Before Passover begins we prepare by engaging in a thorough spring cleaning of our abodes. The Passover tradition to clean all the nooks and crannies of our homes has an emotional and spiritual equivalent. (Mind, body, spirit). By cleaning your spiritual house you make a defining statement about what you wish to manifest. We are called upon to define our tribe and tend to our flock (human and animal) as Moses symbolized.
The energy we allow to dwell in our spaces can uplift and inspire us or keep us trapped in mitzrayim.
The Torah tells us, “redemption comes on Pesach.” The Jewish Sages never read the words of the Torah with just a singular or literal meaning. They equated self-oppression to mochin d’katnut (small, constricted consciousness). Mochin d’katnut has the same meaning as the Passover word Mitzrayim. Conversely, the Ba’al Shem Tov said the ticket to emotional freedom is mochin d’gadlut (expanded consciousness). Here we see the Sages were talking about two different states of consciousness using the two concepts, constricted space and freedom, that epitomize Passover.
Before Passover begins we clear our homes of chametz (leavened food or food mixed with leaven). In the original definition, “chametz” meant “last year’s spoiled grain.” We can see why it was necessary to get rid of spoiled grain, which may be infested with insects (plagues) and cause serious illness.
Who or what is spoiled grain in your life? We prepare to leave our constricted place and redeem ourselves by letting go of the “spoiled/tainted” things that plague us in mind, body and spirit.
In the words of the Jewish Sages, the Israelites had to learn to take Egypt (Mitzrayim) out of themselves. Oppression and redemption sometimes comes from others and sometimes comes from within.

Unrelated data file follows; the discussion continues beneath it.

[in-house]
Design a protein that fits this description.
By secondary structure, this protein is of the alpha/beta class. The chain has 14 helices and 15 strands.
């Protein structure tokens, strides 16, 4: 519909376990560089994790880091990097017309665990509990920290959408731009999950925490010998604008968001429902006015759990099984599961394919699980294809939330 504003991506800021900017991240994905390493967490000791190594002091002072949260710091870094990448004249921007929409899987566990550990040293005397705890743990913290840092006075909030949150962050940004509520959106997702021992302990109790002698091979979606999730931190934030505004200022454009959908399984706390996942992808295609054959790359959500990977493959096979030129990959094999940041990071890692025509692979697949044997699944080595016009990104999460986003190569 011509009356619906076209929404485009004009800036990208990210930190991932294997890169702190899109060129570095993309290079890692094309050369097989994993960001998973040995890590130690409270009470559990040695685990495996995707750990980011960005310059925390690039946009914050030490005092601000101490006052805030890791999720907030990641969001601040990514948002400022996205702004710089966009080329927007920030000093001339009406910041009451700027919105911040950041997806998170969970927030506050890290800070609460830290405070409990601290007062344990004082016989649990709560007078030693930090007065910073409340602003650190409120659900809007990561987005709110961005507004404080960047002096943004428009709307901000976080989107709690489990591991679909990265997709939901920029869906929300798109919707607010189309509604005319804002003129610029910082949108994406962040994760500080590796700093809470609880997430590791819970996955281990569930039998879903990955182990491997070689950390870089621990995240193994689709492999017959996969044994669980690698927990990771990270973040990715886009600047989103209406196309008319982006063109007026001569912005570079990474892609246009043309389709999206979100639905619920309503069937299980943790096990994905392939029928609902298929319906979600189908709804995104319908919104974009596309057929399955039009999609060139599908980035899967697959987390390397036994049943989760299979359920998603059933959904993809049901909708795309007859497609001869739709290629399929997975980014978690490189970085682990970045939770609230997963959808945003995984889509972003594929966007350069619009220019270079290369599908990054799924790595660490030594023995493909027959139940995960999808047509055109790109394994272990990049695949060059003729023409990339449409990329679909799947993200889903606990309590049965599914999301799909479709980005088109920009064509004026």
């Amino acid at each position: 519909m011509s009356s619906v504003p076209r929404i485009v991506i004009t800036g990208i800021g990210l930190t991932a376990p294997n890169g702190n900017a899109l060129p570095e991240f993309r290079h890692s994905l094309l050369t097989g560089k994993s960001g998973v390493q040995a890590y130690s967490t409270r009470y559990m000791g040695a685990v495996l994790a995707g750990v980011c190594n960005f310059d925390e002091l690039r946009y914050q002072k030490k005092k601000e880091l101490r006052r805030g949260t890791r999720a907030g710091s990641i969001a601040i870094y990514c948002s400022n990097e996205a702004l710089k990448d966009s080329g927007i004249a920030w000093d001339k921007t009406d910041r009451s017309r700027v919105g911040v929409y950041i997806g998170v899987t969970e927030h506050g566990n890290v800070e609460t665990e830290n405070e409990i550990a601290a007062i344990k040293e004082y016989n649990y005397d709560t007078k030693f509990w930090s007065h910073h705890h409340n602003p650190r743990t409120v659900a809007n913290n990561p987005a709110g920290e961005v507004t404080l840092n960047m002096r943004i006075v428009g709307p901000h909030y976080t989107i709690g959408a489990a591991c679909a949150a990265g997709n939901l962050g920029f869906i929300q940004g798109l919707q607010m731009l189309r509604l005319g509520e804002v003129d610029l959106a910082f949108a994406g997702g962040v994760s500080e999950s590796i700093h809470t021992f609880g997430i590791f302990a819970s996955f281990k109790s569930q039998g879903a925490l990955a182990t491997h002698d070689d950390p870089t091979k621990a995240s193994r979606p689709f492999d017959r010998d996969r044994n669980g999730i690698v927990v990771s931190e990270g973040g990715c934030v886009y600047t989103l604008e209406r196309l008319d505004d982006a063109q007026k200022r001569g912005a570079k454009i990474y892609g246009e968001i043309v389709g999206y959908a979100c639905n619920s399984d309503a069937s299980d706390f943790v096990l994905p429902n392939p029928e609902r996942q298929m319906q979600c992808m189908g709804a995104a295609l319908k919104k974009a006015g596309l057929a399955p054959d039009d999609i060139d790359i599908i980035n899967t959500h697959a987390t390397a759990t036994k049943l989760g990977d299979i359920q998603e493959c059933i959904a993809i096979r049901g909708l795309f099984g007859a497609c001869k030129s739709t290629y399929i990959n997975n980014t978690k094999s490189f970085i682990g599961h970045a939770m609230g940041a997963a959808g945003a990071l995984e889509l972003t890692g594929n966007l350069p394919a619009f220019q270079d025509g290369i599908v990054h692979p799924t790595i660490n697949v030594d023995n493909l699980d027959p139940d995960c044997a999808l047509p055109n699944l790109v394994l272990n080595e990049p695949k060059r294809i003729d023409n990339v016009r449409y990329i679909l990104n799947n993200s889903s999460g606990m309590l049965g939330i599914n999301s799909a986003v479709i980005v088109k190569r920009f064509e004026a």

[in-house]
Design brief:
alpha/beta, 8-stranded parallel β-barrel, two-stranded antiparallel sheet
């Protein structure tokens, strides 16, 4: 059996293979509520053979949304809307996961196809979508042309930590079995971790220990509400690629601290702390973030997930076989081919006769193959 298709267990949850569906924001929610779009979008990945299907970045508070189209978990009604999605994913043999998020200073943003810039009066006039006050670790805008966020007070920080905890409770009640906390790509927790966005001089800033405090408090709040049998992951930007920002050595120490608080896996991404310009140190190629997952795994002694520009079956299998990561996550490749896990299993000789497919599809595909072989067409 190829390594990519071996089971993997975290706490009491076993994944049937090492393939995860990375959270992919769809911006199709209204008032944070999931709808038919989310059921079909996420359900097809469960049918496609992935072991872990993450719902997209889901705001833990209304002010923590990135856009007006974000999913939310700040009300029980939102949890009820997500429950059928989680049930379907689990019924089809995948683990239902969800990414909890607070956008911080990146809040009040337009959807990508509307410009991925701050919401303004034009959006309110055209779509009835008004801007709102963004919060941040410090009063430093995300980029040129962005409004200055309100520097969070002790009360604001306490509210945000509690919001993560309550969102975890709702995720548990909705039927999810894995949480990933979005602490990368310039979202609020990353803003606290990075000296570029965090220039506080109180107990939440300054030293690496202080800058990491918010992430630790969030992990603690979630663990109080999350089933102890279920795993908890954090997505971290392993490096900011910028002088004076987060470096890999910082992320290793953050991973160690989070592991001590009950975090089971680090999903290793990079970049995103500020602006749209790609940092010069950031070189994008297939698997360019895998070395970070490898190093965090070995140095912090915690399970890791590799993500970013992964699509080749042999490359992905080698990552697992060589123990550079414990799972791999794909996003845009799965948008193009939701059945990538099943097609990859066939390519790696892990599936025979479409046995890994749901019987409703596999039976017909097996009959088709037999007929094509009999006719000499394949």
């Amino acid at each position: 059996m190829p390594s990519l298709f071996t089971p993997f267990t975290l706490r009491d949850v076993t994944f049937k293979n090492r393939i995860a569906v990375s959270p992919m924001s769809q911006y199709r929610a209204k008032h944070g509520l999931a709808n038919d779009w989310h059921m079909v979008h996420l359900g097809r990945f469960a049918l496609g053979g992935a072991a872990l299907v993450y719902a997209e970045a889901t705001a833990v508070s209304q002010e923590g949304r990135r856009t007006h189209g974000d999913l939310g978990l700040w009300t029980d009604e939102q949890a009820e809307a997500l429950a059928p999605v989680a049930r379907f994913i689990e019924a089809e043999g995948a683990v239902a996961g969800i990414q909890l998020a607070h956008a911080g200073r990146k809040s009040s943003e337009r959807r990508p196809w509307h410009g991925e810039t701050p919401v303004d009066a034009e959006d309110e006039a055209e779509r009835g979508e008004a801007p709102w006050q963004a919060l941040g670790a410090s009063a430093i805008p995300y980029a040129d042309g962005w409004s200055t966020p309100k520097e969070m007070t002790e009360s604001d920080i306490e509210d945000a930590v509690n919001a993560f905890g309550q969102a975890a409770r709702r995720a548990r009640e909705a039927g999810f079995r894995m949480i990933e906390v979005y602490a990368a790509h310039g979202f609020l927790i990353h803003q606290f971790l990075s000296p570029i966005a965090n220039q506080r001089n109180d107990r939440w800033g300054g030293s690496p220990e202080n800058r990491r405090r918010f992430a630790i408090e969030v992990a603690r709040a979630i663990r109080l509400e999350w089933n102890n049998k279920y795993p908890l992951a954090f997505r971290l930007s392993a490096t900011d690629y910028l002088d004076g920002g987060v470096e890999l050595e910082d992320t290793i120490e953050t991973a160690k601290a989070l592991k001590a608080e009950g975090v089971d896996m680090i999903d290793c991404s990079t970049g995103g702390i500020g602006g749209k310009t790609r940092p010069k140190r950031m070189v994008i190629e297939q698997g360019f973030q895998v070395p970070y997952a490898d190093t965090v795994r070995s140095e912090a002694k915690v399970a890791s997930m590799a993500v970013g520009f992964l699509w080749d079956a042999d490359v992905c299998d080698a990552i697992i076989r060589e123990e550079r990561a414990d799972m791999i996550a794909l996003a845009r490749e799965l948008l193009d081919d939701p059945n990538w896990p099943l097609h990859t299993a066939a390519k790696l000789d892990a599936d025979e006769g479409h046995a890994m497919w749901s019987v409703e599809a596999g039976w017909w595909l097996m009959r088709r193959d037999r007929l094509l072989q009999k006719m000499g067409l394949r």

In Kabbalah, the Divine attribute connected to Passover is Sefirah Chesed (Loving-kindness). Sefirah Chesed is counterbalanced by Din (Judgement). Sefirah Din (Judgement) is synonymous with Gevurah (Strength). Without moral fortitude, good judgment and healthy boundaries, loving-kindness can easily devolve into psychological slavery and martyrdom.
Were the Israelites happy to be free and grateful to Moses? Nope! In the biblical Exodus, the Israelites spoke longingly of Egypt and lamented leaving! They were royally peeved at Moses for taking them out of Egypt!! They were not happy campers! (Shemot/Exodus 14:11-12/16:3).
Being a slave in Egypt is a metaphor for being stuck in a state of Mochin d’katnut (small, constricted consciousness). There is fear and resistance involved in leaving the familiar state of constriction for the unknown or uncharted territory of liberation.
As long as we are seeking to placate, appease, cleave to and entertain that which is plagued by toxicity, we are not free.
At the Passover Seder, it’s traditional to open a door to let the prophet Eliyahu (Elijah) in. Chasidut teaches that “we open the door not so much to let Elijah in as to let ourselves out.“
Today I vividly recall The embrace of the grim reaper Today I remember the sharp nick Of his kiss upon my soul His passion distracts me From the Truth Life is too fleeting and fragile To remain face down Spewing out mouthfuls of dirt